2. The Location: The festival was initially set to be held on Norman’s Cay, a Bahamian island in the Exumas affiliated with the infamous Pablo Escobar. Fyre was specifically asked by the island’s owners NOT to mention Escobar’s name in any advertisements as they were hoping to rebrand the cay. After this promise was broken, Fyre was asked to relocate. Essentially, major setbacks could have been avoided had they not chose to use the drug lord as a selling point. By the way, weird flex but okay?

Norman's Cay, Bahamas | Photo courtesy of

3. The Natives: While the company continued to market Fyre as a private island experience, it was moved to the less-glamorous bluffs of the Great Exumas. With little time to spare, McFarland’s team called upon hundreds of natives to put together the festival, many of whom were not paid for their work. Who else was heartbroken by the restaurant owner losing her savings because of Fyre? Fortunately, GoFundMe donors made sure that more than enough money was returned.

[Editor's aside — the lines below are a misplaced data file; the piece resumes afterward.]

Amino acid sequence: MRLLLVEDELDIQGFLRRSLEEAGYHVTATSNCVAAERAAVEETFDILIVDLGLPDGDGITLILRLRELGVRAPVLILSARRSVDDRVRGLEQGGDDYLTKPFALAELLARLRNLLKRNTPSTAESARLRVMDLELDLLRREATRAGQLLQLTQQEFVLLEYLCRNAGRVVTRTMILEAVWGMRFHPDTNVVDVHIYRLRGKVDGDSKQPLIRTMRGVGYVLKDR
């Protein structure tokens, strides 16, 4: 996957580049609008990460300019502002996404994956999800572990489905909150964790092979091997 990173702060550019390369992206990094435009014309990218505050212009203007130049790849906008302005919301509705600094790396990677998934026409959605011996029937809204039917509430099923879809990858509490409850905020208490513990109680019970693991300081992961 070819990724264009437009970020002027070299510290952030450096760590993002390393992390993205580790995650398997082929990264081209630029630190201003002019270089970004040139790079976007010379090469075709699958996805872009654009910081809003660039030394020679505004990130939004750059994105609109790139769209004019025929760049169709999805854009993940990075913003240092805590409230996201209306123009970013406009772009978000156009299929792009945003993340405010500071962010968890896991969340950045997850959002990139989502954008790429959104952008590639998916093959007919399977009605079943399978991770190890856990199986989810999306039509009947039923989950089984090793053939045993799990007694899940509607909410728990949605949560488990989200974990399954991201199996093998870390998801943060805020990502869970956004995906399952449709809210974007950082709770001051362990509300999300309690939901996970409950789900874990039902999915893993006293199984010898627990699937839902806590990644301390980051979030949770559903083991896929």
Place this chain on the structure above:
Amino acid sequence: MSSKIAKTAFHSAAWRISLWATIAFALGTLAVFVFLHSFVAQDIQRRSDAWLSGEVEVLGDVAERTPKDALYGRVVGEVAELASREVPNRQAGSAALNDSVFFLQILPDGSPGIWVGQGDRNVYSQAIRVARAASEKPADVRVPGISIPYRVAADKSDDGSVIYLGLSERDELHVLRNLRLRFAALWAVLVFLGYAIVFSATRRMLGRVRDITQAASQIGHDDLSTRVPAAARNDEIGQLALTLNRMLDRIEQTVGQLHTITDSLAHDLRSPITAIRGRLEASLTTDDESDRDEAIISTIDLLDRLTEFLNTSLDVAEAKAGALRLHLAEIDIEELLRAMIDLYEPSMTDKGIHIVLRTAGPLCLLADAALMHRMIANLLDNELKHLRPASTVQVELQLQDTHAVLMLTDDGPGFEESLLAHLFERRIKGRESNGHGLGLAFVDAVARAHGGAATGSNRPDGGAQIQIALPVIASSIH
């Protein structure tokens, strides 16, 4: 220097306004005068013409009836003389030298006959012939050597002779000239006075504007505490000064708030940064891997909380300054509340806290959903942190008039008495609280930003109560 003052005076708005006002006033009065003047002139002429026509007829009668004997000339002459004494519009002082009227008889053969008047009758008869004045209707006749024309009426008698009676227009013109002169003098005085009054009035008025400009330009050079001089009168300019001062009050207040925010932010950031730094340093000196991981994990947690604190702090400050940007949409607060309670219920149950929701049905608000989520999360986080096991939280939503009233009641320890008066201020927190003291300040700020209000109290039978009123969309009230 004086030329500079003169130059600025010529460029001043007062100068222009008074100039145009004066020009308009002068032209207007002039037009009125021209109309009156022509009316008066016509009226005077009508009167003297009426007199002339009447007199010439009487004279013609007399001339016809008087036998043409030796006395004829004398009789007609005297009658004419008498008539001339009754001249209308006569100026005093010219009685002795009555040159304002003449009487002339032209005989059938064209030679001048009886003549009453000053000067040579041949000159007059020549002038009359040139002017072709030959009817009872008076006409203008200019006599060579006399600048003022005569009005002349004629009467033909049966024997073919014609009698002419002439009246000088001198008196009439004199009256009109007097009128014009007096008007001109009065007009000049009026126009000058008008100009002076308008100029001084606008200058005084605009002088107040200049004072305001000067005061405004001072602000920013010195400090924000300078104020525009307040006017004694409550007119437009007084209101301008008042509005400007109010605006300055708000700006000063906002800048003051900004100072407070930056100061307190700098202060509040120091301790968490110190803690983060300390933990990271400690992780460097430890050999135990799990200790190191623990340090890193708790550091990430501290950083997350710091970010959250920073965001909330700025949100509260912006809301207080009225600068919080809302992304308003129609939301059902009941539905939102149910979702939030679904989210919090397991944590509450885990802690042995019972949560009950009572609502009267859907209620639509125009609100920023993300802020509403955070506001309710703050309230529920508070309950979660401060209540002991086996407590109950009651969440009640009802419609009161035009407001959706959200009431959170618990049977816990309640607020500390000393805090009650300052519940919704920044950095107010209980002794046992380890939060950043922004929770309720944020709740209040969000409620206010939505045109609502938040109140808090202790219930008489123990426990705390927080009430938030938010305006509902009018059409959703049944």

Maryann Rolle, restaurant owner | Photo courtesy of x

4. The Desperation: Fyre event producer Andy King was actually asked by McFarland to perform oral sex on a customs agent in order to obtain the water supply needed to supply the festival. WHAT?! The worst part? He almost did! “Can you imagine, in my 30 years of a career, that this is what I was going to do?” King asks in Fyre. “I was going to do that, honestly, to save the festival.” Talk about taking one for the team.

Andy King (left) and Billy McFarland (right) | Photo courtesy of x